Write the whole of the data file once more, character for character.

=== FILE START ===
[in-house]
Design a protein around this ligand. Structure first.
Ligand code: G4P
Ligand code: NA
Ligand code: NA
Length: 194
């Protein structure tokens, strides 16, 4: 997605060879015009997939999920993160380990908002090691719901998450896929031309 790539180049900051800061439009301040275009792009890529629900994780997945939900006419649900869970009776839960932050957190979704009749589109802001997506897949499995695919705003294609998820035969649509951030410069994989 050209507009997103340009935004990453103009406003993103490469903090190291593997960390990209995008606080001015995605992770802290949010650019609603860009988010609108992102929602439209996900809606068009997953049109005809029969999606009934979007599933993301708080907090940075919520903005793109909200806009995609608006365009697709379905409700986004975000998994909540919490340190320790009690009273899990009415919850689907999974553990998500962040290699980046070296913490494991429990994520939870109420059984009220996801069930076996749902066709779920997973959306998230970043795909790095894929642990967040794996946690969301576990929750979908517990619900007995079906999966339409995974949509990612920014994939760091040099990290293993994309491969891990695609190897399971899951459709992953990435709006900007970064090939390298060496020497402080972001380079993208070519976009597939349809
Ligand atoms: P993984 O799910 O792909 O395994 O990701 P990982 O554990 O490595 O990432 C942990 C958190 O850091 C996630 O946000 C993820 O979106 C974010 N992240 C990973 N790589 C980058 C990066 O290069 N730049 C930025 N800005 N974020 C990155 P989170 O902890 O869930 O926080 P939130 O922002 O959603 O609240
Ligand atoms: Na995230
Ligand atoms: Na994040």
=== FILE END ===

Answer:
[in-house]
Design a protein around this ligand. Structure first.
Ligand code: G4P
Ligand code: NA
Ligand code: NA
Length: 194
């Protein structure tokens, strides 16, 4: 997605060879015009997939999920993160380990908002090691719901998450896929031309 790539180049900051800061439009301040275009792009890529629900994780997945939900006419649900869970009776839960932050957190979704009749589109802001997506897949499995695919705003294609998820035969649509951030410069994989 050209507009997103340009935004990453103009406003993103490469903090190291593997960390990209995008606080001015995605992770802290949010650019609603860009988010609108992102929602439209996900809606068009997953049109005809029969999606009934979007599933993301708080907090940075919520903005793109909200806009995609608006365009697709379905409700986004975000998994909540919490340190320790009690009273899990009415919850689907999974553990998500962040290699980046070296913490494991429990994520939870109420059984009220996801069930076996749902066709779920997973959306998230970043795909790095894929642990967040794996946690969301576990929750979908517990619900007995079906999966339409995974949509990612920014994939760091040099990290293993994309491969891990695609190897399971899951459709992953990435709006900007970064090939390298060496020497402080972001380079993208070519976009597939349809
Ligand atoms: P993984 O799910 O792909 O395994 O990701 P990982 O554990 O490595 O990432 C942990 C958190 O850091 C996630 O946000 C993820 O979106 C974010 N992240 C990973 N790589 C980058 C990066 O290069 N730049 C930025 N800005 N974020 C990155 P989170 O902890 O869930 O926080 P939130 O922002 O959603 O609240
Ligand atoms: Na995230
Ligand atoms: Na994040």